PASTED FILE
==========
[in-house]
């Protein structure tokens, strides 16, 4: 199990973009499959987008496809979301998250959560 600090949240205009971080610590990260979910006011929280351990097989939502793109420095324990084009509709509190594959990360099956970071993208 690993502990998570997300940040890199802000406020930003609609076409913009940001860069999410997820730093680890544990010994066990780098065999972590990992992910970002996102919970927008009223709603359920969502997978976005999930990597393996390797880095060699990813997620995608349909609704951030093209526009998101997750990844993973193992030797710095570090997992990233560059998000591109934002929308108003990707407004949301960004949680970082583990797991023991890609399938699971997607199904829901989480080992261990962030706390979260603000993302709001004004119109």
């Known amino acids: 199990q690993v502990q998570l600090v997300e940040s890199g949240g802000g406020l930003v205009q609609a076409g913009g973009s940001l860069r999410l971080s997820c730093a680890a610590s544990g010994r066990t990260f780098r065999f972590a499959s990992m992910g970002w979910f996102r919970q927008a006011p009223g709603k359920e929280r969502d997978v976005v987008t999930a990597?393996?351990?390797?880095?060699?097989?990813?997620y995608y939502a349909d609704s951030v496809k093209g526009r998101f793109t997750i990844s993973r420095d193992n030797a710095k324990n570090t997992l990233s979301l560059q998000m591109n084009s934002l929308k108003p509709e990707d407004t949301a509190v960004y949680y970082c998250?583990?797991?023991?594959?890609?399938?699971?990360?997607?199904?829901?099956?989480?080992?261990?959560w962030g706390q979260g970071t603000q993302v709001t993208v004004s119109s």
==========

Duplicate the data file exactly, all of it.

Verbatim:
[in-house]
């Protein structure tokens, strides 16, 4: 199990973009499959987008496809979301998250959560 600090949240205009971080610590990260979910006011929280351990097989939502793109420095324990084009509709509190594959990360099956970071993208 690993502990998570997300940040890199802000406020930003609609076409913009940001860069999410997820730093680890544990010994066990780098065999972590990992992910970002996102919970927008009223709603359920969502997978976005999930990597393996390797880095060699990813997620995608349909609704951030093209526009998101997750990844993973193992030797710095570090997992990233560059998000591109934002929308108003990707407004949301960004949680970082583990797991023991890609399938699971997607199904829901989480080992261990962030706390979260603000993302709001004004119109």
């Known amino acids: 199990q690993v502990q998570l600090v997300e940040s890199g949240g802000g406020l930003v205009q609609a076409g913009g973009s940001l860069r999410l971080s997820c730093a680890a610590s544990g010994r066990t990260f780098r065999f972590a499959s990992m992910g970002w979910f996102r919970q927008a006011p009223g709603k359920e929280r969502d997978v976005v987008t999930a990597?393996?351990?390797?880095?060699?097989?990813?997620y995608y939502a349909d609704s951030v496809k093209g526009r998101f793109t997750i990844s993973r420095d193992n030797a710095k324990n570090t997992l990233s979301l560059q998000m591109n084009s934002l929308k108003p509709e990707d407004t949301a509190v960004y949680y970082c998250?583990?797991?023991?594959?890609?399938?699971?990360?997607?199904?829901?099956?989480?080992?261990?959560w962030g706390q979260g970071t603000q993302v709001t993208v004004s119109s």